Keeping the focus: Handré Pollard charges at the All Blacks in Wellington last month. The Springbok flyhalf knows much is expected from the team on Saturday. Picture: HAGEN HOPKINS/GETTY IMAGES
Keeping the focus: Handré Pollard charges at the All Blacks in Wellington last month. The Springbok flyhalf knows much is expected from the team on Saturday. Picture: HAGEN HOPKINS/GETTY IMAGES

As the spectre of the All Blacks’ Loftus Versfeld record looms large over the Springboks, Handré Pollard is bracing himself for a backlash when the sides meet on Saturday.

The game is seen widely as the All Blacks’ chance for redemption after a rare home defeat while the Springboks are priming themselves to do something that has eluded them since the game became professional in 1996: beat New Zealand at Loftus Versfeld.

Pollard said the All Blacks would be champing at the bit after slipping up in Wellington last month. Meanwhile, the Boks have more than that point to prove: they have not beaten the All Blacks in four attempts in Tshwane since 1996.

"The All Blacks have a history of firing back at a 120% when they’ve lost a Test match when they play the same team. We know they’re going to be more accurate and physical but we’re at home and we need to match that or go one step further," the flyhalf said.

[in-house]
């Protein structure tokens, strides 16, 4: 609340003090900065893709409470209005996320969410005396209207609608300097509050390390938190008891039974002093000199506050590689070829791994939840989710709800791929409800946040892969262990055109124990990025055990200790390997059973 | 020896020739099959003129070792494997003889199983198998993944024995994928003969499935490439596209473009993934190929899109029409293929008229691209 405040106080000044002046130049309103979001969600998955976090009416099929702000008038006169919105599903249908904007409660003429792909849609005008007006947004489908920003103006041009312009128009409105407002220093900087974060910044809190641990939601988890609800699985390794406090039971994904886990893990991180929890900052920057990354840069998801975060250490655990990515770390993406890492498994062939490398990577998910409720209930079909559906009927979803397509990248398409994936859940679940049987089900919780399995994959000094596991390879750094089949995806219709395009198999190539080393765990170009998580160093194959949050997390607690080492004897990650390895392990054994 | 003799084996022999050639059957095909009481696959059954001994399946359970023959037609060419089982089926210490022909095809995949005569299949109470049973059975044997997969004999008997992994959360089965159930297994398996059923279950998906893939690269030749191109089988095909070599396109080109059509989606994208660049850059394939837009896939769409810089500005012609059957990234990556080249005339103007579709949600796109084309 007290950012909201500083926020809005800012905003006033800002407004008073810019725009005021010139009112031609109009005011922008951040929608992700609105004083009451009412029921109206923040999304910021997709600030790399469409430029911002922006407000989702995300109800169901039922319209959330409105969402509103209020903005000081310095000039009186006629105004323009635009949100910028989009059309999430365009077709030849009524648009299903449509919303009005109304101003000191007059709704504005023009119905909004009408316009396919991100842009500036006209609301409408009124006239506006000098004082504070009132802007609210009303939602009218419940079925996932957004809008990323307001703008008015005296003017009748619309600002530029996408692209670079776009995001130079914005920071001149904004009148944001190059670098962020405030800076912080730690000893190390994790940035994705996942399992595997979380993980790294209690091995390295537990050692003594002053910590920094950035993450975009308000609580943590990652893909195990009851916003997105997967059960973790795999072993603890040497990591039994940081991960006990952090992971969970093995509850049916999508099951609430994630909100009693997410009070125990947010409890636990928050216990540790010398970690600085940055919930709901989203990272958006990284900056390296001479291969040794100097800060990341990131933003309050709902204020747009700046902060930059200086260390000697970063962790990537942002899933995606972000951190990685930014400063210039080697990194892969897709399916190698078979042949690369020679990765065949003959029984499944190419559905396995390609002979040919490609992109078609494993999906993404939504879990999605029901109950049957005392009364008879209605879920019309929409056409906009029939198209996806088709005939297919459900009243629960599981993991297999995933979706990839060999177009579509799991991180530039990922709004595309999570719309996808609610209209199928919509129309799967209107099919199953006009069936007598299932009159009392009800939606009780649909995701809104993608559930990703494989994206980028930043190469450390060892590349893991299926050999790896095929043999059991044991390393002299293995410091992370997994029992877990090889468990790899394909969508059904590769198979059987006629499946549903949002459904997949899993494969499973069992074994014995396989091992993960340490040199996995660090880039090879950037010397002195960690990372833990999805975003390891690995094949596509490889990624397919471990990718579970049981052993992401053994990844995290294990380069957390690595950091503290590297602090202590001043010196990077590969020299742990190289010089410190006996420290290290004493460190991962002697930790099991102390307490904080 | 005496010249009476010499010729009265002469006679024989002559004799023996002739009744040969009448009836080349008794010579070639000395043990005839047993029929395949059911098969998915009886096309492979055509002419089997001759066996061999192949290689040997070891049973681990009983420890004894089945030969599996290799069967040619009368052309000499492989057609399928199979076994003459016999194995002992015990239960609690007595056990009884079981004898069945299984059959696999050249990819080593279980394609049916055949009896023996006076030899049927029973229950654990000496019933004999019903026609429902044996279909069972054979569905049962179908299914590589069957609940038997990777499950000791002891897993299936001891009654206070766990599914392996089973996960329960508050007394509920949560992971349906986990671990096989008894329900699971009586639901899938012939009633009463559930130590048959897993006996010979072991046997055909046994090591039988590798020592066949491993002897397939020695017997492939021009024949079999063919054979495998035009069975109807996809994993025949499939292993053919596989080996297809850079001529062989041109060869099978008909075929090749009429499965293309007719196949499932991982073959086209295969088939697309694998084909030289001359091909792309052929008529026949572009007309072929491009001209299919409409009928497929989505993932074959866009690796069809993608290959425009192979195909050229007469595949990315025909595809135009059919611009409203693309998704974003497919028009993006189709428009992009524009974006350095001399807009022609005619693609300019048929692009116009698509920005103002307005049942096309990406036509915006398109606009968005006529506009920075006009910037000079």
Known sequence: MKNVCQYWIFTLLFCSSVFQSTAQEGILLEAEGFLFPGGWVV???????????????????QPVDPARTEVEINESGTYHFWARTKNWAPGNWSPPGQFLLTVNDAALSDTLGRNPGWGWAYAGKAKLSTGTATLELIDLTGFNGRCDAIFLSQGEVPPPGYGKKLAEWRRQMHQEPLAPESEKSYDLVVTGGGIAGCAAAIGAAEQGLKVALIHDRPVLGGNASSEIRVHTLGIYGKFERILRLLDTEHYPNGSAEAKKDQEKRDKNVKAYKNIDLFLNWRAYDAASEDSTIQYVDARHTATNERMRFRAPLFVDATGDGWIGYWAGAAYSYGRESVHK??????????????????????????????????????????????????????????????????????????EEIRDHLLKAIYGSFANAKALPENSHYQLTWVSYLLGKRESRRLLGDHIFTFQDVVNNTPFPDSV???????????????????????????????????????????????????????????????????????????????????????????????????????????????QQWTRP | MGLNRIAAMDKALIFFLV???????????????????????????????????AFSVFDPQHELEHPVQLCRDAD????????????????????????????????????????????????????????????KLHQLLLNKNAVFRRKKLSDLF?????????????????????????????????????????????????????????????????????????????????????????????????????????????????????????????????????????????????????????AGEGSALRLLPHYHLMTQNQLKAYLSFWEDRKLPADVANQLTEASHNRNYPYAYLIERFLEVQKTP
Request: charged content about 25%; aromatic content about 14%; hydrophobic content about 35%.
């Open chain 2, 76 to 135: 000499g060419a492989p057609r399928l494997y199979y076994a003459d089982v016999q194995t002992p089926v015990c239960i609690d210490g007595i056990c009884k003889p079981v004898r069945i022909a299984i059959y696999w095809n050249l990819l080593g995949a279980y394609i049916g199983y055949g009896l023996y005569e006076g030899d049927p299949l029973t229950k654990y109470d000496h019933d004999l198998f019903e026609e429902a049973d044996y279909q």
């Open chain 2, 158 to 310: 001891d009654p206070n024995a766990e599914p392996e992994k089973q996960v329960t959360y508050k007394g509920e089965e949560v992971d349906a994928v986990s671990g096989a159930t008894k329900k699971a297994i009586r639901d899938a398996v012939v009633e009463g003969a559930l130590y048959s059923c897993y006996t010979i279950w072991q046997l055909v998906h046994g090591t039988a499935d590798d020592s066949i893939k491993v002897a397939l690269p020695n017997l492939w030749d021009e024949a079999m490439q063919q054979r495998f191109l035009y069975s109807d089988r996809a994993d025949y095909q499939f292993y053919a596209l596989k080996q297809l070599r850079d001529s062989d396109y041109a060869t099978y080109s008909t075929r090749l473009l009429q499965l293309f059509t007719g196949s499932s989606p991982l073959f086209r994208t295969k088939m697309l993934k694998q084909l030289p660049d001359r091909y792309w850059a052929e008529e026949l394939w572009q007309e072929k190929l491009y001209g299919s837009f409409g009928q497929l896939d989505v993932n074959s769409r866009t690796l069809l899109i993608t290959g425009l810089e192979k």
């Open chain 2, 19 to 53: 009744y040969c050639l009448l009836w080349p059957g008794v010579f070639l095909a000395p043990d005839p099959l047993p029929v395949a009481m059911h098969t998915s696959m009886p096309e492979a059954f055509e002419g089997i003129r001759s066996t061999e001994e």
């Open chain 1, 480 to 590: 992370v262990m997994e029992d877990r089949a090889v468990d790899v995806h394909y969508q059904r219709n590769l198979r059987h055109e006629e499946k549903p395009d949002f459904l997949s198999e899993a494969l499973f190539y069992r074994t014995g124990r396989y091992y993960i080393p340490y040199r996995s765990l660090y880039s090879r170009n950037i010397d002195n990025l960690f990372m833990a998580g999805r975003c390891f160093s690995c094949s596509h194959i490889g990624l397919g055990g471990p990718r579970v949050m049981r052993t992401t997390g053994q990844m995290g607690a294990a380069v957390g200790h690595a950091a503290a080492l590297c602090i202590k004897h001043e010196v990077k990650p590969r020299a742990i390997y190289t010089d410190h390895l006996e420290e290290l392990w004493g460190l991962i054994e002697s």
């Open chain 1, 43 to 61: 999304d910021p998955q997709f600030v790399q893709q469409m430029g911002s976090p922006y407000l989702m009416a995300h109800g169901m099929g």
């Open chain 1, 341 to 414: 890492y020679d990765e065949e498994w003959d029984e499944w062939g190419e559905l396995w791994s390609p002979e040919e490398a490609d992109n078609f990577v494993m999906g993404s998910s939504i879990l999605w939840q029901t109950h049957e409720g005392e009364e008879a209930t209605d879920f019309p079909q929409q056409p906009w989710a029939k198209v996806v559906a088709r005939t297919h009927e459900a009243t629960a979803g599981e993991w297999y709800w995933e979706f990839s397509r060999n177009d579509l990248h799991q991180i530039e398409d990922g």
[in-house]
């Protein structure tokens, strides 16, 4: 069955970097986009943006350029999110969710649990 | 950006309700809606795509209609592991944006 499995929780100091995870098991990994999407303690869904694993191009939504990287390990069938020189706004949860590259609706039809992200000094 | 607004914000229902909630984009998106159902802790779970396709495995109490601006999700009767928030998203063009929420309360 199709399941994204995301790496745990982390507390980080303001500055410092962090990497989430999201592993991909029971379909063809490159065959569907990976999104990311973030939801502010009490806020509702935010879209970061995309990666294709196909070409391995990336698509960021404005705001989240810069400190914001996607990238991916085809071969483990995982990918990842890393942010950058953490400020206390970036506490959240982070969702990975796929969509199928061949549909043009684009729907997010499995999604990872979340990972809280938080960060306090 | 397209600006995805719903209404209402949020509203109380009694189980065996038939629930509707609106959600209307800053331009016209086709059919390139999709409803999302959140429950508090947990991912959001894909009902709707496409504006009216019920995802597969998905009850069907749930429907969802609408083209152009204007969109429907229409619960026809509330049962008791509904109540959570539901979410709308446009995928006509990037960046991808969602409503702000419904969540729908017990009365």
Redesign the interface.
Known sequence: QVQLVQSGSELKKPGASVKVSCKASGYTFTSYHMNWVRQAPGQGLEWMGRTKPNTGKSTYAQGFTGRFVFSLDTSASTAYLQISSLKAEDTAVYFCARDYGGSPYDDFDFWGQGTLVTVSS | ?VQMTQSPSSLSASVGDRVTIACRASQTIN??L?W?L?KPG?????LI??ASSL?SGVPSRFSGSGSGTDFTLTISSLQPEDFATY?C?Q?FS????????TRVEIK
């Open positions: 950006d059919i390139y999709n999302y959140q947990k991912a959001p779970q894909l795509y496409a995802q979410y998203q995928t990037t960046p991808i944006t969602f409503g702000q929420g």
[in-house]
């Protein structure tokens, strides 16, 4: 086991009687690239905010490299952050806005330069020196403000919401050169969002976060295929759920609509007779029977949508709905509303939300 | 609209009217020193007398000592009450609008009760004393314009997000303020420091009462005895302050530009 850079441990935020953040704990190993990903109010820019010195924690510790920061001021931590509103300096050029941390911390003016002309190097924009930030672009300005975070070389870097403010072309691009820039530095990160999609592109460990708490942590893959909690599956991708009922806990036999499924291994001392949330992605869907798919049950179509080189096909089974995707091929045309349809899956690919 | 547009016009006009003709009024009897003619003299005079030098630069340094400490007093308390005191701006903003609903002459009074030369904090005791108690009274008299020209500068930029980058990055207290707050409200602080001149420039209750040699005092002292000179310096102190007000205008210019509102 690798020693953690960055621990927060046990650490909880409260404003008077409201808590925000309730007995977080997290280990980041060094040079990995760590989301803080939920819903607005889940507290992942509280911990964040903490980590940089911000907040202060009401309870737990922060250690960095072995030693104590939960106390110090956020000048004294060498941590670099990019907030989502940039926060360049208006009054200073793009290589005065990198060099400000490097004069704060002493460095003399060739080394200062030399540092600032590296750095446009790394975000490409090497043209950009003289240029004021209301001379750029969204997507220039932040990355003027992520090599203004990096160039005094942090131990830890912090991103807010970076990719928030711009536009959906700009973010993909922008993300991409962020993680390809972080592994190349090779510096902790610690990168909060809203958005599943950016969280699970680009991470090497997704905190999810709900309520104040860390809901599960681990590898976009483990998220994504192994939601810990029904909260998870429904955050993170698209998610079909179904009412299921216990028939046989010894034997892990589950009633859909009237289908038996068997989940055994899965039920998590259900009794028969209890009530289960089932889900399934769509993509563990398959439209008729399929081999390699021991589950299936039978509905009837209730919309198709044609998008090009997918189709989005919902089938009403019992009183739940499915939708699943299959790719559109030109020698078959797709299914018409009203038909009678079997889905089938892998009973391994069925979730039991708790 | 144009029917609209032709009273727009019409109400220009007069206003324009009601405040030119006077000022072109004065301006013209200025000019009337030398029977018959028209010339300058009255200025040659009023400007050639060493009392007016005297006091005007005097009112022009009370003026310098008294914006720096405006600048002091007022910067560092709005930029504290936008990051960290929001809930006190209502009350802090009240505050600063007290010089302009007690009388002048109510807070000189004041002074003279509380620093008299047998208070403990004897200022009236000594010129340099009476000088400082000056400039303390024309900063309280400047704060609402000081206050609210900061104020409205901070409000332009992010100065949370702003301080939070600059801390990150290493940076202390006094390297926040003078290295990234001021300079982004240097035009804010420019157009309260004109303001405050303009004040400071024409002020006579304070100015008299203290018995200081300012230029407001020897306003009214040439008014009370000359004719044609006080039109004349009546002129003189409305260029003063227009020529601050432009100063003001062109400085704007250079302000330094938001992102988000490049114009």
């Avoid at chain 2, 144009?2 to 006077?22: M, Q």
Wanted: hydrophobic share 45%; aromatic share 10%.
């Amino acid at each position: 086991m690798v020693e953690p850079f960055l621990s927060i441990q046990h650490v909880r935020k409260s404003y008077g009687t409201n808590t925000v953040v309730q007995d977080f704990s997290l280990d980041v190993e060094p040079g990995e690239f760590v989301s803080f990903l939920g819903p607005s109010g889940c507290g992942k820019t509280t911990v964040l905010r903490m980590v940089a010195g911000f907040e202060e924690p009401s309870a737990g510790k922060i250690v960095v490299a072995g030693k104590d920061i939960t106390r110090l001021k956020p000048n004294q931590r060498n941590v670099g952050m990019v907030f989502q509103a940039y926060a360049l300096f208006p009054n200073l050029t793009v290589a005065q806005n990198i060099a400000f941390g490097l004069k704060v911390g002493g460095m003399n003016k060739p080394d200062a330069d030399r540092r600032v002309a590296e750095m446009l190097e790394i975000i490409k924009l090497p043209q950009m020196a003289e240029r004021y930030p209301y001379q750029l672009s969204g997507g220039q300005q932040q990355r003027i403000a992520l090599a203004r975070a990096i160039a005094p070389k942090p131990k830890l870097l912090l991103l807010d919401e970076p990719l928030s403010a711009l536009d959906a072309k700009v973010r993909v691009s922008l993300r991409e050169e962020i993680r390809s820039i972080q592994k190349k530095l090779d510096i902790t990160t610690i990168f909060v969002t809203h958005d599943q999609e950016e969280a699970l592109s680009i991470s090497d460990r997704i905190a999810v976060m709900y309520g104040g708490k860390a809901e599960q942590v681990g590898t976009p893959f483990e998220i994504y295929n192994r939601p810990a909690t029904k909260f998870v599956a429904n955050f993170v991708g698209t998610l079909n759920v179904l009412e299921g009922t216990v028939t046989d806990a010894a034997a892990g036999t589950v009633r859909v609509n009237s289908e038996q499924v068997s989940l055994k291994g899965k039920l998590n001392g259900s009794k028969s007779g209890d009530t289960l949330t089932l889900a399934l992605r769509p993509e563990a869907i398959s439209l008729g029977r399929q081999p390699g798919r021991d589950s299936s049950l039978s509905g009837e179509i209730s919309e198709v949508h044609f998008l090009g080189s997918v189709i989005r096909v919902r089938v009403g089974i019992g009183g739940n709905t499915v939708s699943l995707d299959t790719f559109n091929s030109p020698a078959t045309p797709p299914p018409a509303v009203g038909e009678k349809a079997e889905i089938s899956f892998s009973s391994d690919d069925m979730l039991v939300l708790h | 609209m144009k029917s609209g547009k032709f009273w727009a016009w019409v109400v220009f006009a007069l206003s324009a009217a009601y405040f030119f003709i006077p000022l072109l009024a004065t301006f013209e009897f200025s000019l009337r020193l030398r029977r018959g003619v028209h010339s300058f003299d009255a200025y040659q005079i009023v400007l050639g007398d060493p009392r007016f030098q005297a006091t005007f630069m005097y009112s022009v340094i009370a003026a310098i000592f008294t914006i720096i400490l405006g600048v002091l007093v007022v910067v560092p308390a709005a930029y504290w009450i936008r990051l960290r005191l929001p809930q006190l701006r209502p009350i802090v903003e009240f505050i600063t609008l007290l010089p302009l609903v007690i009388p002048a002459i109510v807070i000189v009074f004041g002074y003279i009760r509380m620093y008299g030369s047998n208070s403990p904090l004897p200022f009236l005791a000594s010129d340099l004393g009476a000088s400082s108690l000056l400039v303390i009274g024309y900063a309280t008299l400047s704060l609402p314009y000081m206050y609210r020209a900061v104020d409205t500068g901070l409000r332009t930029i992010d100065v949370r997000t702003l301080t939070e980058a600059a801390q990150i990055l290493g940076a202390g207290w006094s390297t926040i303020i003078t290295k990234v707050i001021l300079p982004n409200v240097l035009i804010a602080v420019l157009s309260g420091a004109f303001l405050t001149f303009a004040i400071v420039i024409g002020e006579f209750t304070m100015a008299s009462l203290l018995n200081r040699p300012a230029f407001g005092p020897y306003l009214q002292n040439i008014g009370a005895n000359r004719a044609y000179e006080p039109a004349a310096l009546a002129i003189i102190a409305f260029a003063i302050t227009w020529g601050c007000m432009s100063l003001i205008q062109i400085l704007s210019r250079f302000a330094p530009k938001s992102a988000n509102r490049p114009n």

"People will have expectations because it was a big win, but we’re just focusing on the process. We know what we’re capable of, which is good, but we need to be consistent and perform at a high level week in and week out."

Experienced All Black centre Ryan Crotty knows all about winning in Tshwane at Super Rugby level.

He was part of a Crusaders side that crushed the Bulls in 2017 while two trips with his Super Rugby unit to Johannesburg in the past two years also resulted in wins.

However, the scar of the Wellington loss, the first home defeat in nine years against the Springboks, still runs deep. Crotty said they would find a way to channel their hurt into something positive on Saturday.

"The hurt is different for everyone but you have to use it in how you prepare. No stones can be left unturned and that’s how you get the performance where you pull up the hurt and go out there and play on Saturday," Crotty said.

"The early part of the week is about the intelligence and how you want to play while a bit of the hurt is bottled and mixed with a bit of physicality. It’s a mixture of both that needs to be used to one’s advantage."

Barring the Wellington defeat, the All Blacks have had the wood on the Boks recently, as they say Down Under, and have not been shy to take them to the cleaners. Before Wellington, the Boks had beaten the All Blacks only twice in seven years. But Crotty said they never lost respect for the "Africans".

"We’re motivated for any test. SA got one over us and we’re extremely motivated to put it right. We’re an extremely competitive group and we’re always motivated to come here and maybe that provides a wee bit more," Crotty said.